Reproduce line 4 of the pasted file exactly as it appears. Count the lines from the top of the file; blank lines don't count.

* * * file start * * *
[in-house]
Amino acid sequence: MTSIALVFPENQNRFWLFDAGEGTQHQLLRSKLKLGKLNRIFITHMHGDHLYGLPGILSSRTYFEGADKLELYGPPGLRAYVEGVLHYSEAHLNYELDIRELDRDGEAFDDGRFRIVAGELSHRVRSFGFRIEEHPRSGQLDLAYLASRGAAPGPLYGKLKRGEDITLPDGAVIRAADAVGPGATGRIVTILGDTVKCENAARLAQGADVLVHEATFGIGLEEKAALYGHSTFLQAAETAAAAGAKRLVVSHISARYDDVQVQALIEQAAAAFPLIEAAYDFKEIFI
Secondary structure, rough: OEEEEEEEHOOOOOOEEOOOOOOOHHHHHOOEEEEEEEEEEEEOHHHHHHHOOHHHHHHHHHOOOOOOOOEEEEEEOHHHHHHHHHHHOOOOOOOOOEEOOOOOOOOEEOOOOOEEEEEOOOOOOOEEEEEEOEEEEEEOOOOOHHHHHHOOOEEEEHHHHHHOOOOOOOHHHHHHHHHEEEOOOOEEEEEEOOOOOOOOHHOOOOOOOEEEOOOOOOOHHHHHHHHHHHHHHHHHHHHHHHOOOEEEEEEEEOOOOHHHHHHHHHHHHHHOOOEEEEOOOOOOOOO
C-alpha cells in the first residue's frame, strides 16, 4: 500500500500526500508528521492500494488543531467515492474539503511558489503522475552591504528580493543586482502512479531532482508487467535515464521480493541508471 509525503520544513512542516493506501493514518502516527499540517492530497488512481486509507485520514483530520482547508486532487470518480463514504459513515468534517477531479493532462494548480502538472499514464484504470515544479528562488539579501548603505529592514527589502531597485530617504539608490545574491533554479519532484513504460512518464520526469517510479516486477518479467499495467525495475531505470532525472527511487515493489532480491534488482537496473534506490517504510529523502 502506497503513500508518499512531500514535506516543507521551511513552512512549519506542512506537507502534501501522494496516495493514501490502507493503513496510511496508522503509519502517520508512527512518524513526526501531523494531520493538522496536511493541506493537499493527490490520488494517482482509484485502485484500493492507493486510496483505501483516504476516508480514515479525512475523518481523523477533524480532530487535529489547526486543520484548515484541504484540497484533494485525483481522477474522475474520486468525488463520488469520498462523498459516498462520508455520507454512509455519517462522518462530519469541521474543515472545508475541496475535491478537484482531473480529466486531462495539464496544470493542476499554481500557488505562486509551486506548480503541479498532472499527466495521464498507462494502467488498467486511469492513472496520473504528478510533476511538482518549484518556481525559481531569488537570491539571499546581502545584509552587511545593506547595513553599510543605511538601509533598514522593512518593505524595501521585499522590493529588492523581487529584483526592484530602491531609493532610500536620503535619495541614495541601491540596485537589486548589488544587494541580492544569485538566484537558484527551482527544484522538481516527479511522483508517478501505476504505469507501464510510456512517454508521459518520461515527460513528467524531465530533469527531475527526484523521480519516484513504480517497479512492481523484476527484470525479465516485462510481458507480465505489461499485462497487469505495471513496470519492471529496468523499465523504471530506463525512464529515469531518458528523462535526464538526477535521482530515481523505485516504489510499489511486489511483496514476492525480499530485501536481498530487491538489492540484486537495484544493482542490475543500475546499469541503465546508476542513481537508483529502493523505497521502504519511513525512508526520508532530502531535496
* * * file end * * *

C-alpha cells in the first residue's frame, strides 16, 4: 500500500500526500508528521492500494488543531467515492474539503511558489503522475552591504528580493543586482502512479531532482508487467535515464521480493541508471 509525503520544513512542516493506501493514518502516527499540517492530497488512481486509507485520514483530520482547508486532487470518480463514504459513515468534517477531479493532462494548480502538472499514464484504470515544479528562488539579501548603505529592514527589502531597485530617504539608490545574491533554479519532484513504460512518464520526469517510479516486477518479467499495467525495475531505470532525472527511487515493489532480491534488482537496473534506490517504510529523502 502506497503513500508518499512531500514535506516543507521551511513552512512549519506542512506537507502534501501522494496516495493514501490502507493503513496510511496508522503509519502517520508512527512518524513526526501531523494531520493538522496536511493541506493537499493527490490520488494517482482509484485502485484500493492507493486510496483505501483516504476516508480514515479525512475523518481523523477533524480532530487535529489547526486543520484548515484541504484540497484533494485525483481522477474522475474520486468525488463520488469520498462523498459516498462520508455520507454512509455519517462522518462530519469541521474543515472545508475541496475535491478537484482531473480529466486531462495539464496544470493542476499554481500557488505562486509551486506548480503541479498532472499527466495521464498507462494502467488498467486511469492513472496520473504528478510533476511538482518549484518556481525559481531569488537570491539571499546581502545584509552587511545593506547595513553599510543605511538601509533598514522593512518593505524595501521585499522590493529588492523581487529584483526592484530602491531609493532610500536620503535619495541614495541601491540596485537589486548589488544587494541580492544569485538566484537558484527551482527544484522538481516527479511522483508517478501505476504505469507501464510510456512517454508521459518520461515527460513528467524531465530533469527531475527526484523521480519516484513504480517497479512492481523484476527484470525479465516485462510481458507480465505489461499485462497487469505495471513496470519492471529496468523499465523504471530506463525512464529515469531518458528523462535526464538526477535521482530515481523505485516504489510499489511486489511483496514476492525480499530485501536481498530487491538489492540484486537495484544493482542490475543500475546499469541503465546508476542513481537508483529502493523505497521502504519511513525512508526520508532530502531535496